The Haughs O’ Cromdale

As I come in by Auchindoun,
Just a wee bit frae the toun,
To the Hi’lands I was bound
To view the Haughs of Cromdale.
I met a man in tartan trews,
Spiered at him (asked) what was the news,
Quo’ he, “The Hi’land army rues
That e’er we come to Cromdale.”

We were in bed, sir, every man,
When the English host upon us cam;
A bloody battle then began
Upon the Haughs of Cromdale.
The English horse they were so rude,
They bathed their hoofs in Hi’land blood,
But our brave clans, they boldly stood
Upon the Haughs of Cromdale.

“But, alas! We could no longer stay,
And o’er the hills we come away,
Sore we do lament the day
That e”er we come to Cromdale.
“Thus the great Montrose did say:
Hi’land man show me the way
I will over the hills this day,
To view the Haughs of Cromdale.

“They were at their dinner, every man,
When great Montrose upon them cam;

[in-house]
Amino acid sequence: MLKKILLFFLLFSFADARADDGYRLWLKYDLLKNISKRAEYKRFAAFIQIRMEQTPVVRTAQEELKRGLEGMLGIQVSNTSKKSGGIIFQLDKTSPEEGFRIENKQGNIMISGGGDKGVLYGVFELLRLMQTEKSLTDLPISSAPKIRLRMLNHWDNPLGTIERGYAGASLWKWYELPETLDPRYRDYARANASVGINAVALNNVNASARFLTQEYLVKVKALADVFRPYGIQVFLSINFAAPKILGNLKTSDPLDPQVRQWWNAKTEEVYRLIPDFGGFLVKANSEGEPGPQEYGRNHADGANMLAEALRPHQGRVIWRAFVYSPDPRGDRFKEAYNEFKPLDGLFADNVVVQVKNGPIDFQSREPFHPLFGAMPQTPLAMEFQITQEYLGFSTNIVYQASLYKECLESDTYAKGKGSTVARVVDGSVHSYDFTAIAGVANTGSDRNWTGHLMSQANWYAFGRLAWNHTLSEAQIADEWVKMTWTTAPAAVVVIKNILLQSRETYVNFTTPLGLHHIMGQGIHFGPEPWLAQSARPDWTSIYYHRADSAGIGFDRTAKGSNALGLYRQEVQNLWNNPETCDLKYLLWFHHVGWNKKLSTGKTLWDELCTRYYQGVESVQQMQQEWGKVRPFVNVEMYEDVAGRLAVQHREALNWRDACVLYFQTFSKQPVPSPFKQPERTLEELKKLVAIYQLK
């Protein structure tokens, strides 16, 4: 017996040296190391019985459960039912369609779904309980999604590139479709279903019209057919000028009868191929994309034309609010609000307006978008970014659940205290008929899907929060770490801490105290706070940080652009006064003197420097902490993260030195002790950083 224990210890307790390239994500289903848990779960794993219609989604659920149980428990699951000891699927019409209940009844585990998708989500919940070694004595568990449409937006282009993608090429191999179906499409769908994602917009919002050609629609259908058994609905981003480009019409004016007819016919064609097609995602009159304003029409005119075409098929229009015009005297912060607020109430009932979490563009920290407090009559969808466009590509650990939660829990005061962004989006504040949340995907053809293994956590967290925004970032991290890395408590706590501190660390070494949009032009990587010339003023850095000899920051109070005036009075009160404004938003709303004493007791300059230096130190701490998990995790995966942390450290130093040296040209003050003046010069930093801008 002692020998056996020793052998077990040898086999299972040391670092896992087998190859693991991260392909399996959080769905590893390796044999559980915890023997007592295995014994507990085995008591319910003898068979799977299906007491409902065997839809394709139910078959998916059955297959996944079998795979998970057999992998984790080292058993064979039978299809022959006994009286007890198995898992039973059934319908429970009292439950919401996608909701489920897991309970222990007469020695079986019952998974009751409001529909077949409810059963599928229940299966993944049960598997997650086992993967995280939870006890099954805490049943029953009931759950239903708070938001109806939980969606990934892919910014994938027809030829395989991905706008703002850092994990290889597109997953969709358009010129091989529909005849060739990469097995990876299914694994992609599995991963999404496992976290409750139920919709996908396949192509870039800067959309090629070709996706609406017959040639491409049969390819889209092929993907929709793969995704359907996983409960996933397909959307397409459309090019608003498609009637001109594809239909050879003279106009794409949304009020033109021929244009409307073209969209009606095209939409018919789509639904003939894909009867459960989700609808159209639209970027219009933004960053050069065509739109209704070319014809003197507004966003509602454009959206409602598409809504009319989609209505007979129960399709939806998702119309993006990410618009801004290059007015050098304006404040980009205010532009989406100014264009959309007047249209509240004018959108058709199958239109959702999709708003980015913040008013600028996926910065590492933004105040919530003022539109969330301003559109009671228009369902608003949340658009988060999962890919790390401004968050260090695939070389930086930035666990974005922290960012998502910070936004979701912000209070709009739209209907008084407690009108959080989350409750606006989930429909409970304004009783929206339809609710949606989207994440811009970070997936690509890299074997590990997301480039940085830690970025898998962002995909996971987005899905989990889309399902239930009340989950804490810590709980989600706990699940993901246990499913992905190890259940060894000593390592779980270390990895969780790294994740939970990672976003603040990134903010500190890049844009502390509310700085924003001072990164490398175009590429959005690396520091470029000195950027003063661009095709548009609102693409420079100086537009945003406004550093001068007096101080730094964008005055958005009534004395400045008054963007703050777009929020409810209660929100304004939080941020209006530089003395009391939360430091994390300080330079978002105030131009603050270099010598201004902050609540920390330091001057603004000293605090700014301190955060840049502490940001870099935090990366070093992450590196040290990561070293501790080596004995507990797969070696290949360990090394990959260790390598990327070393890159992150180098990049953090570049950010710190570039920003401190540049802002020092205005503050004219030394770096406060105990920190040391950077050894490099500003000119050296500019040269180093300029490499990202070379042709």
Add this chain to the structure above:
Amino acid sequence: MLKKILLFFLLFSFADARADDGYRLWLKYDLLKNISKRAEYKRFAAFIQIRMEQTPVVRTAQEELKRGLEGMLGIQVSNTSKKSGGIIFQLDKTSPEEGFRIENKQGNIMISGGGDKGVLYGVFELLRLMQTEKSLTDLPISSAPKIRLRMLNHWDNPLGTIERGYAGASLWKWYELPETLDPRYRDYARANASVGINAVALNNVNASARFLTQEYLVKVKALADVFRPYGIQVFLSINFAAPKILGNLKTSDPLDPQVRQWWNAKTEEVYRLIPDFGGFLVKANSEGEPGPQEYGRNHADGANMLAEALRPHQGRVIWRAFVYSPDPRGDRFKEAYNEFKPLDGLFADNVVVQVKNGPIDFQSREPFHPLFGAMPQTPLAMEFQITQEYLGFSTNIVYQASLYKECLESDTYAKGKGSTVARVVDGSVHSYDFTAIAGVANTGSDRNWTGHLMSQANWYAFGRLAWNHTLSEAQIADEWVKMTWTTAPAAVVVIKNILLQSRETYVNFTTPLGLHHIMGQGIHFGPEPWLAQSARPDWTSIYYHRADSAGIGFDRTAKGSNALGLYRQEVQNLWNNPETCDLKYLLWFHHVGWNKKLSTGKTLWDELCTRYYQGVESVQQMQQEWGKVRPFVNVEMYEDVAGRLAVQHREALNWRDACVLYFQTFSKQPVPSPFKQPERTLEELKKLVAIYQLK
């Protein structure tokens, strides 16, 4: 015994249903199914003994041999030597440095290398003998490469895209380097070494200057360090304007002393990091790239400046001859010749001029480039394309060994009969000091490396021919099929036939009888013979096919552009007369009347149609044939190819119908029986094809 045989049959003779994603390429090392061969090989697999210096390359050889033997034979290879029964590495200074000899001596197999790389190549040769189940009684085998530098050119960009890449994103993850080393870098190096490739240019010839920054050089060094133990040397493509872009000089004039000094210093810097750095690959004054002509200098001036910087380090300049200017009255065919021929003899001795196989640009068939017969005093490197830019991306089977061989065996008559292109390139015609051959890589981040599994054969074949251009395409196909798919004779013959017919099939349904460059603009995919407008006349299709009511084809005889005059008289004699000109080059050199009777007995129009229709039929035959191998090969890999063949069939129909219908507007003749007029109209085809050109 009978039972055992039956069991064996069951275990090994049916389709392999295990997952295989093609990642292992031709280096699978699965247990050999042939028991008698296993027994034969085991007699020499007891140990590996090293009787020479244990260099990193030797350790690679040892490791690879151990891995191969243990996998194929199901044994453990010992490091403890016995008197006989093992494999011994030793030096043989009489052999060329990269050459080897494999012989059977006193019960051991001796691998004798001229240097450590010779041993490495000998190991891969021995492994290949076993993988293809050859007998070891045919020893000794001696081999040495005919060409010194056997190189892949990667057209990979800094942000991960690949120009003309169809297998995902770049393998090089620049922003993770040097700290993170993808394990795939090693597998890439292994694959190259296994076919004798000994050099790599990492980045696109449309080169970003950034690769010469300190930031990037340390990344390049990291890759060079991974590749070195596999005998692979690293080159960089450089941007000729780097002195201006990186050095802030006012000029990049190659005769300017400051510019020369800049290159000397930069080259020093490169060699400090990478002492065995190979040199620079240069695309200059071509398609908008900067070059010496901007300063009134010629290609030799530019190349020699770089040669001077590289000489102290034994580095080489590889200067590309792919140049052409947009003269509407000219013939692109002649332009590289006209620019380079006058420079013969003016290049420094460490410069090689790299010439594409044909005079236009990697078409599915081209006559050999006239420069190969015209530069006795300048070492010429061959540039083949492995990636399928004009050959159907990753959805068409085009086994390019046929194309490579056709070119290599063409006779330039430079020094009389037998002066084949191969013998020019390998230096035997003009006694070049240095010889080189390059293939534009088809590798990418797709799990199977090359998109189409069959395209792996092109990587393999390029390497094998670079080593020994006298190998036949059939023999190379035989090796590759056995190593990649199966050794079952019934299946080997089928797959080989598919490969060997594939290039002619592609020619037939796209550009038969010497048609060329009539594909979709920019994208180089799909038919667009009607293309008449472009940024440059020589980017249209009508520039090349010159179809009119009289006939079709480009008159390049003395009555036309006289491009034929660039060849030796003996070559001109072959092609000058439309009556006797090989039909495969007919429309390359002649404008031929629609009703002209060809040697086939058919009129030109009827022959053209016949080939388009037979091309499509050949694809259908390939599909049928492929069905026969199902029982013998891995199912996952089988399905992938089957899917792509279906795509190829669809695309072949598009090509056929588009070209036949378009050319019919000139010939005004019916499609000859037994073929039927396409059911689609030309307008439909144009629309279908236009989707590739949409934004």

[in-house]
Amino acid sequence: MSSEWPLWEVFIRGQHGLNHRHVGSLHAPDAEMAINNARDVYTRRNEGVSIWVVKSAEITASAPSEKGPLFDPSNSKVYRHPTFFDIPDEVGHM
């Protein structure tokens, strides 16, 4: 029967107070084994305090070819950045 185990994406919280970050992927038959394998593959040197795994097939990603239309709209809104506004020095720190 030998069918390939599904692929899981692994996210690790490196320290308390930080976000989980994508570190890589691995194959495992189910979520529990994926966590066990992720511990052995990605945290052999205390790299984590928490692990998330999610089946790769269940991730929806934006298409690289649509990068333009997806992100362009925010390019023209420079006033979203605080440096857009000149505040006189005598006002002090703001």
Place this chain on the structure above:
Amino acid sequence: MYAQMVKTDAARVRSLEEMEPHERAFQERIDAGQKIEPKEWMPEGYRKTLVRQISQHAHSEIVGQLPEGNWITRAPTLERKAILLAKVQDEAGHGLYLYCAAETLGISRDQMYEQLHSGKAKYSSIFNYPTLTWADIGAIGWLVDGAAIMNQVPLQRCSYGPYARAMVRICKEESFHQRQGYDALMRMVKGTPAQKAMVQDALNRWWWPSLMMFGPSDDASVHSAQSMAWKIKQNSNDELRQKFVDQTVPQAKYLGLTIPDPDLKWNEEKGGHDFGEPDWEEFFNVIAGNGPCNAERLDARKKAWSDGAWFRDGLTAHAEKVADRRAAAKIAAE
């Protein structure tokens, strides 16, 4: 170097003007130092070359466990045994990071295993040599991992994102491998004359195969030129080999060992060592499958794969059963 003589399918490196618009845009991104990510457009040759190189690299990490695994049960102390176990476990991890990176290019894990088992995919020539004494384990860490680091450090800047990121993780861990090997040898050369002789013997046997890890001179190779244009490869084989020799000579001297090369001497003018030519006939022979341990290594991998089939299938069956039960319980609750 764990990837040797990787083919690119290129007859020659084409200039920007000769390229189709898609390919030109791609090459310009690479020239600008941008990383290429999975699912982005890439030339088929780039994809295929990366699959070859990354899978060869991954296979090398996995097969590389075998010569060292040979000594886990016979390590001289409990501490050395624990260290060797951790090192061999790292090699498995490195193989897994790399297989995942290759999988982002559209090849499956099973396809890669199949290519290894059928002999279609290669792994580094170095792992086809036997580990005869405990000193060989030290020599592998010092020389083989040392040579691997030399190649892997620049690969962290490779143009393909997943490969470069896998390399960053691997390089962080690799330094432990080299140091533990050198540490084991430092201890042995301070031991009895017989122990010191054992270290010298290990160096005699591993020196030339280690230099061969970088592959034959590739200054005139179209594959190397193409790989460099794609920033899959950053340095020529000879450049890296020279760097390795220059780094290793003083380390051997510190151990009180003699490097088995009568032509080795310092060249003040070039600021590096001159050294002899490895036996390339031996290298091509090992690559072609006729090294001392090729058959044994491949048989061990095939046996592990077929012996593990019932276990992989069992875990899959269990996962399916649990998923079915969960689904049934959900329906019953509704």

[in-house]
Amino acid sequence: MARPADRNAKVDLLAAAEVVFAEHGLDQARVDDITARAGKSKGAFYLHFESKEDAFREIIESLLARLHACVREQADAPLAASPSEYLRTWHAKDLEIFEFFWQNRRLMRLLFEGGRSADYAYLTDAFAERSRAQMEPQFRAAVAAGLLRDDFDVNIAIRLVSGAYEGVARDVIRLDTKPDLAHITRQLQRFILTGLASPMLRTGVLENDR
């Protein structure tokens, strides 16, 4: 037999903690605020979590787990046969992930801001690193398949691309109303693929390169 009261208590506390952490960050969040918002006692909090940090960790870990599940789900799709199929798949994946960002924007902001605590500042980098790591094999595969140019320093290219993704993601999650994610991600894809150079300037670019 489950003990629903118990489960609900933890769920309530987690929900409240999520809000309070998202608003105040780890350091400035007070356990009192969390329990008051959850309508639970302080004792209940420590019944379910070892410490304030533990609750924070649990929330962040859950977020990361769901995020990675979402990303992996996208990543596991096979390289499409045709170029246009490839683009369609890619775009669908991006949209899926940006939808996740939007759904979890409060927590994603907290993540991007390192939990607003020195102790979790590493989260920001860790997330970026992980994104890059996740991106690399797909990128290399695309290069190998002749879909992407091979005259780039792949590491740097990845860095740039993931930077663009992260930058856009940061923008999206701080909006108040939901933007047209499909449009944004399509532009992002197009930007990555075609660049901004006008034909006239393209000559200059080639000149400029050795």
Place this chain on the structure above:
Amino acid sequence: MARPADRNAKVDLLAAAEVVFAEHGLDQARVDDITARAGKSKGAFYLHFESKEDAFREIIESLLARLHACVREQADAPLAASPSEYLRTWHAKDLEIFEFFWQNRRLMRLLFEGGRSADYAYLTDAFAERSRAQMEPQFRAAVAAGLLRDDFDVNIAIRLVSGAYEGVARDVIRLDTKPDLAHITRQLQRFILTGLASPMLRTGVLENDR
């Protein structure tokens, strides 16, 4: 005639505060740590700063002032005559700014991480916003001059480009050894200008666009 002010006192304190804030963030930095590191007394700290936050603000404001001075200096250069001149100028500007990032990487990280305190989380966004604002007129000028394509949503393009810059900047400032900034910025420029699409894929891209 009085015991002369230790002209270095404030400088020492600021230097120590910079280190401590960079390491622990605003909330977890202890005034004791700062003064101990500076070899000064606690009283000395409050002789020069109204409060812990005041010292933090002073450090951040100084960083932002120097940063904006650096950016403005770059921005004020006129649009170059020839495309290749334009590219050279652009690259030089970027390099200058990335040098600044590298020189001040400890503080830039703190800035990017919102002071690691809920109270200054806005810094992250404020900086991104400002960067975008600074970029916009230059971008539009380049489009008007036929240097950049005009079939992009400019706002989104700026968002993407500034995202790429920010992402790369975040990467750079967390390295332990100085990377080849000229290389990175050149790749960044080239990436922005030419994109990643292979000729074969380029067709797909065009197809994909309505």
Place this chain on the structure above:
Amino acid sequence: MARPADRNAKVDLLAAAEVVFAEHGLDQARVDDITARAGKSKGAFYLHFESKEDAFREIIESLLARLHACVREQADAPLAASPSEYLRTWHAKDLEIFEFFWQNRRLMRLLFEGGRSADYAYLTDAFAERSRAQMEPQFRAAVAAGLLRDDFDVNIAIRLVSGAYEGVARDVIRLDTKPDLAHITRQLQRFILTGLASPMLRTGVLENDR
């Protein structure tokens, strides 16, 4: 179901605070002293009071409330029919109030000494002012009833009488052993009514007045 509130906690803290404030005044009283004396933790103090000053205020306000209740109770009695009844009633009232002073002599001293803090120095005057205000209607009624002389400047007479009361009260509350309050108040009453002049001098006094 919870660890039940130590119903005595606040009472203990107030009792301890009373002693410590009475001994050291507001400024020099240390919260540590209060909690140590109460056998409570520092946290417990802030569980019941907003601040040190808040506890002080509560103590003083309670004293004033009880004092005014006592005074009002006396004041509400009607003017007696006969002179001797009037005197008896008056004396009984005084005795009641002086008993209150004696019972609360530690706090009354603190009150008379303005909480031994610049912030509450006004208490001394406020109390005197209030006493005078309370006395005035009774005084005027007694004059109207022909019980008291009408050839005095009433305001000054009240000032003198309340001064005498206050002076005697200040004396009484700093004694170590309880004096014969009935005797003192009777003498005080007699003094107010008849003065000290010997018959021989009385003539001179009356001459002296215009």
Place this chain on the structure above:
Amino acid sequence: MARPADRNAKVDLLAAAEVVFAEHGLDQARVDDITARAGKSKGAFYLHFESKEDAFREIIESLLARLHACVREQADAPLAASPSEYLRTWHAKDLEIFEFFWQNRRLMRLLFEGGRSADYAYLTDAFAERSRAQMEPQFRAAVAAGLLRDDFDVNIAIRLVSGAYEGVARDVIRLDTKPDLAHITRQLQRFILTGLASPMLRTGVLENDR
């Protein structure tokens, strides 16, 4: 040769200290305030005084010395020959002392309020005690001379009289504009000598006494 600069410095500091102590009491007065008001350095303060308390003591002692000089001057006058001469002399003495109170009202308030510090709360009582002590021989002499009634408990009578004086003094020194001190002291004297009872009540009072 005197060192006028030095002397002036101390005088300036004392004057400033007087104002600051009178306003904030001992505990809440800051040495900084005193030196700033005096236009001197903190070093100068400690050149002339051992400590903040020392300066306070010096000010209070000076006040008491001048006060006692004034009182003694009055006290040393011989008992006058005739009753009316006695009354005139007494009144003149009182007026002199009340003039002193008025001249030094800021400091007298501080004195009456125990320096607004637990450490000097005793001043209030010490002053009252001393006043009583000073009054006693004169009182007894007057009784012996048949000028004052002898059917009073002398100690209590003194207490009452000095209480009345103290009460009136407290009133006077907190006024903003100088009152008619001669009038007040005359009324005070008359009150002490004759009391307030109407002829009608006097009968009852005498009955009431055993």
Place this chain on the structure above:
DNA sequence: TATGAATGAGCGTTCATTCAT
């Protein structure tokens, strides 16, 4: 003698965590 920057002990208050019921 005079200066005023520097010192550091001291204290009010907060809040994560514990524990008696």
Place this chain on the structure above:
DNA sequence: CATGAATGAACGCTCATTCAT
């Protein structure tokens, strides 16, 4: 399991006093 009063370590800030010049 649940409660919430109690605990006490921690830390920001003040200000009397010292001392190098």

A second battle then began
Upon the Haughs of Cromdale.
The Grant, Mackenzie and M’Ky,
As Montrose they did espy,
Then they fought most valiantly
Upon the Haughs of Cromdale.

The Gordons boldly did advance,
The Frasers fought with sword and lance,
The Grahams they made the heads to dance,
Upon the Haughs of Cromdale.

The McDonalds they returned again,
The Camerons did our standard join,
McIntosh played a bloody game
Upon the Haughs of Cromdale.

And the loyal Stewarts, wi’ Montrose,
So boldly set upon their foes,
Laid them low wi’ Hi’land blows
Laid them low on Cromdale.
Of twenty-thousand Cromwell’s men,
A thousand fled to Aberdeen,
The rest of them lie on the plain,
There on the Haughs of Cromdale.

Of twenty-thousand Cromwell’s men,
A thousand fled to Aberdeen,
The rest of them lie on the plain,
There on the Haughs of Cromdale.

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